For a short time we were very interested in a small piece of land in Abiko along the Narita line near Kohoku Station. It was in a tightly packed subdivision called Nakabyo surrounded by older neighborhoods whose winding streets and oddly shaped plots of land indicated it had once been an agricultural community. Nakabyo itself was not as distinctive. It was a typical subdivision of the late 80s, with large houses in varying degrees of disrepair situated on lots that were a little too small for them. The community was laid out on a gentle, long slope that ascended south to north, so that houses positioned on the north sides of the parallel streets had a slight advantage over the ones positioned on the south sides, whose own southern exposures were quite close to their southern neighbors. The land that interested us was at the bottom of the slope and positioned on the south side of a street but its own southern exposure faced a large park. Moreover it was on the corner of an intersection, meaning streets bordered the land to the east and the north, not buildings. Only to the west was there another house.
And it was cheap–¥4.3 million. In fact, the realtor implied that we could probably get it down to an even ¥4 million if we paid cash. Apparently, the owner was desperate to unload it, and we wondered why it was so difficult to do so. Abiko is quite popular owing to the many train lines that run through it and the fact that Ueno is a little more than 30 minutes away by express. This was not in central Abiko, but it was close enough. Moreover, the clear prospect on three sides, including a park to the south, made it one of the few truly attractive lots we’d found in a conventional subdivision. The only reason we could see for its relative unpopularity was its size, slightly less than 100 square meters. Since the occupancy rate was 50 percent and the capacity rate 100, it still meant you could build a two-story house of up to 100 square meters, but because the shape of the land was slightly trapezoidal, the orientation of the house was limited.
We emailed a copy of the plot diagram to a builder we wanted to use and he said it was possible to construct the kind of house we wanted on it, but it would just barely fit. We called the realtor and an agent met us at the site one sunny day. The view to the park, which was large and bordered on the south by trees not buildings, was even better in person. However, there was one odd condition attached to the land. Along the western border was a typical cinder block wall separating the property from its neighbor’s. The seller demanded that whoever bought the land respect the wall and its three support braces, which extended into the available land by about 30 centimeters. That meant there was 30cm less to work with, which normally wouldn’t have been a problem but since the land was small to begin with it might require some tricky designing. By dint of law and common sense we knew there had to be a minimum amount of space between the wall of the house and the edge of the property, and now there was less of it.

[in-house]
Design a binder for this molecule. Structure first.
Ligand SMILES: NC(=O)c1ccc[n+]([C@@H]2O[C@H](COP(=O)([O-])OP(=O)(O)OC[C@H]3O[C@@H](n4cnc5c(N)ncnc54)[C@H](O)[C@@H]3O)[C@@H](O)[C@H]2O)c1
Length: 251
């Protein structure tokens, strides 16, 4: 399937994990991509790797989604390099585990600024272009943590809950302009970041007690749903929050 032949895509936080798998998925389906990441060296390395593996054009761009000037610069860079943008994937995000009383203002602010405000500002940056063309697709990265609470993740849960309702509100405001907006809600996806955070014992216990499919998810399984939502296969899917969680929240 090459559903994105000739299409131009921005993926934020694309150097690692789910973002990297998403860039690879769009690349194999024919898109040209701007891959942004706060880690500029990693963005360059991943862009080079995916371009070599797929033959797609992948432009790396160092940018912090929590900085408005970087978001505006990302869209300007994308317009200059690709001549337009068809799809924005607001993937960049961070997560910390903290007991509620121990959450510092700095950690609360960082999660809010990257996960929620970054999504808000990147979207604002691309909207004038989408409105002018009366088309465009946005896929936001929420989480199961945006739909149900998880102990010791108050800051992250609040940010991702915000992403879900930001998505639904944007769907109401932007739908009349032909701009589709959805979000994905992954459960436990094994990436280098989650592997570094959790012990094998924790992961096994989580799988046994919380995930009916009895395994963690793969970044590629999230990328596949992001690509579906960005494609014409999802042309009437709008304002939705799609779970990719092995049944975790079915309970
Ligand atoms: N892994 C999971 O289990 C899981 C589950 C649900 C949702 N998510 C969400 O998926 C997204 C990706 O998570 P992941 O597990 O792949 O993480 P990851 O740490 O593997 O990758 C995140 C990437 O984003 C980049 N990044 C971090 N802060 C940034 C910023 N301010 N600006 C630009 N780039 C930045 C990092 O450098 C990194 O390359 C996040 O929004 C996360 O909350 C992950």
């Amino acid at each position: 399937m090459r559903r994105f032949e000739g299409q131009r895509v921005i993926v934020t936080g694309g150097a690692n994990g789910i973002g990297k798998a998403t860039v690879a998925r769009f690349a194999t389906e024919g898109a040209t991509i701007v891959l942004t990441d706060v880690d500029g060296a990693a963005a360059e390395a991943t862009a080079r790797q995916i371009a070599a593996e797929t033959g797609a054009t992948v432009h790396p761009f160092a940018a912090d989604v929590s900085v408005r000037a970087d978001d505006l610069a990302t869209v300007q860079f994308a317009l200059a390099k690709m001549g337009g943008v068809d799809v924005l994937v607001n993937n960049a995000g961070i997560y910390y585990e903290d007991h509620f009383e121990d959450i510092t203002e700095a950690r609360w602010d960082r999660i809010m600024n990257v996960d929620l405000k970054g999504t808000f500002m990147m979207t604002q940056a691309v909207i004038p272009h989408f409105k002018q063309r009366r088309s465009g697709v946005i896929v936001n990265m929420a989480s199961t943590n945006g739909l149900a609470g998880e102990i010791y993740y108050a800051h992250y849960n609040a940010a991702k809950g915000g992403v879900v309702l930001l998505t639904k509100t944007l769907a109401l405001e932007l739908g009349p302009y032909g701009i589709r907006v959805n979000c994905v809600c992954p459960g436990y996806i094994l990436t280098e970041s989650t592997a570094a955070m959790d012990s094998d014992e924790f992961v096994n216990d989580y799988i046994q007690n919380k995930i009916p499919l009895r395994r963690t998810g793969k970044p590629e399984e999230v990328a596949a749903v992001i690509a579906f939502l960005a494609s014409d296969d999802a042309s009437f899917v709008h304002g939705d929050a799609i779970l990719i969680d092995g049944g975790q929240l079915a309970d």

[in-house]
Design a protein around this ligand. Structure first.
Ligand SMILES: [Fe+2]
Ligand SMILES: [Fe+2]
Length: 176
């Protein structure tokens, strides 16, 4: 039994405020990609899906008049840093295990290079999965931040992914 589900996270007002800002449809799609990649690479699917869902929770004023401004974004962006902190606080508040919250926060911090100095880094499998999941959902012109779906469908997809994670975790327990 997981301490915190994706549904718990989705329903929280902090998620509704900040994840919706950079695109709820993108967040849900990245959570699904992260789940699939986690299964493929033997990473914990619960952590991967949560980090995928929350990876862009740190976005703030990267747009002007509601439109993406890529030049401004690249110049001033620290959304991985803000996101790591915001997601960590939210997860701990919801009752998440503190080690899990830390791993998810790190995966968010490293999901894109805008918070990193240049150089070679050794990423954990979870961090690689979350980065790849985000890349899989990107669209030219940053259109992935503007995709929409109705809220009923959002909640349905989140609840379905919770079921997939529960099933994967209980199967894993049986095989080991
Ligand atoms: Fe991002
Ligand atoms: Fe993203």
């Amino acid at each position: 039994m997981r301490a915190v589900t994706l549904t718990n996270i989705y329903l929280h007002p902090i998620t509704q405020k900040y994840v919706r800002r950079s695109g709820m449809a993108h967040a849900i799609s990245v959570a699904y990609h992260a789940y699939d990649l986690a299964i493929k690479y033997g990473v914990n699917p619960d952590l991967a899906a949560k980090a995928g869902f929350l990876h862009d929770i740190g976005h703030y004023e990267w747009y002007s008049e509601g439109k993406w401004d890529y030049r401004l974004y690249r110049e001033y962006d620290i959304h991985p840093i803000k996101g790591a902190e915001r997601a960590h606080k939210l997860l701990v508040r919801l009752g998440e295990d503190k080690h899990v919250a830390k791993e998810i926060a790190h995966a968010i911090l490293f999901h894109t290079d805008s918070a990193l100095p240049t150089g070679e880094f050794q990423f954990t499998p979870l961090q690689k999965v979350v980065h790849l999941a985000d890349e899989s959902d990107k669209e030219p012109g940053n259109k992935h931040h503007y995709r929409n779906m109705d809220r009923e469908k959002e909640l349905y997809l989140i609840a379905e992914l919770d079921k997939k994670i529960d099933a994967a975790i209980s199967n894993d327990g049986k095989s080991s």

At first we didn’t consider it a major concession, but after returning home we thought more carefully . Why did the seller make this demand? Since his house was no longer there we couldn’t see how he himself had gotten around the problem. But if we purchased this plot, we would own all of it and, theoretically at least, would want to use as much of it as possible. We were sure that we could agree to the condition in order to buy the land and then afterwards would have been within our rights to challenge the neighbor with regards to the braces, but that would mean potentially spending lots of money for legal fees and the like, not to mention poisoning our relations with the neighbor permanently. One thought led to another and we recalled how the eastern windows of the neighbor’s house were covered by ugly makeshift plastic screens that afforded even more privacy by blocking all the light. Obviously, these people didn’t value their own share of sunlight, and we thus conjured up all sorts of negative images. We also noticed during the visit that they covered up the southern side of their house, the one facing the park, with layers of laundry, thus blocking their own view of the park. Because of the odd shape of our land our own southern exposure would have to be recessed slightly, and that meant looking at their laundry all day. Did we think about it too much? Did we draw too many bad conclusions? Probably, but once you set conditions like the one about the wall, such thoughts are inevitable. (Maybe that was the purpose?)
Once a drawback presents itself, others fall into place. Though we don’t have a car and don’t plan to buy one, it would have been difficult to put a parking space on the land. And during a subsequent visit to the lot without the agent present we noticed that though the intersection afforded unblocked light to the north and east, the corner itself was busy. It didn’t look like a major thoroughfare, but it was apparently a short cut of some kind and cars were continuously going through at high speed, racing around the corner. It could prove to be loud since there wasn’t much space between the potential house and the middle of the intersection. We decided to pass.
Though we never looked back, the Nakabyo plot made an impression that affected our subsequent search. In the beginning we never seriously considered something in a subdivision, but over the years had been worn down by the realization that there was really nothing else that was available and affordable for us. Nakabyo showed us that a suburban-style plot could be attractive, but the realities of suburban living, specifically the social ones, were always going to require compromises. The issue was: How much would we be willing to give up? Was it unreasonable to judge a neighbor we hadn’t even met? Our conclusion was that since whatever we bought was going to be our home for the rest of our lives we couldn’t take that chance.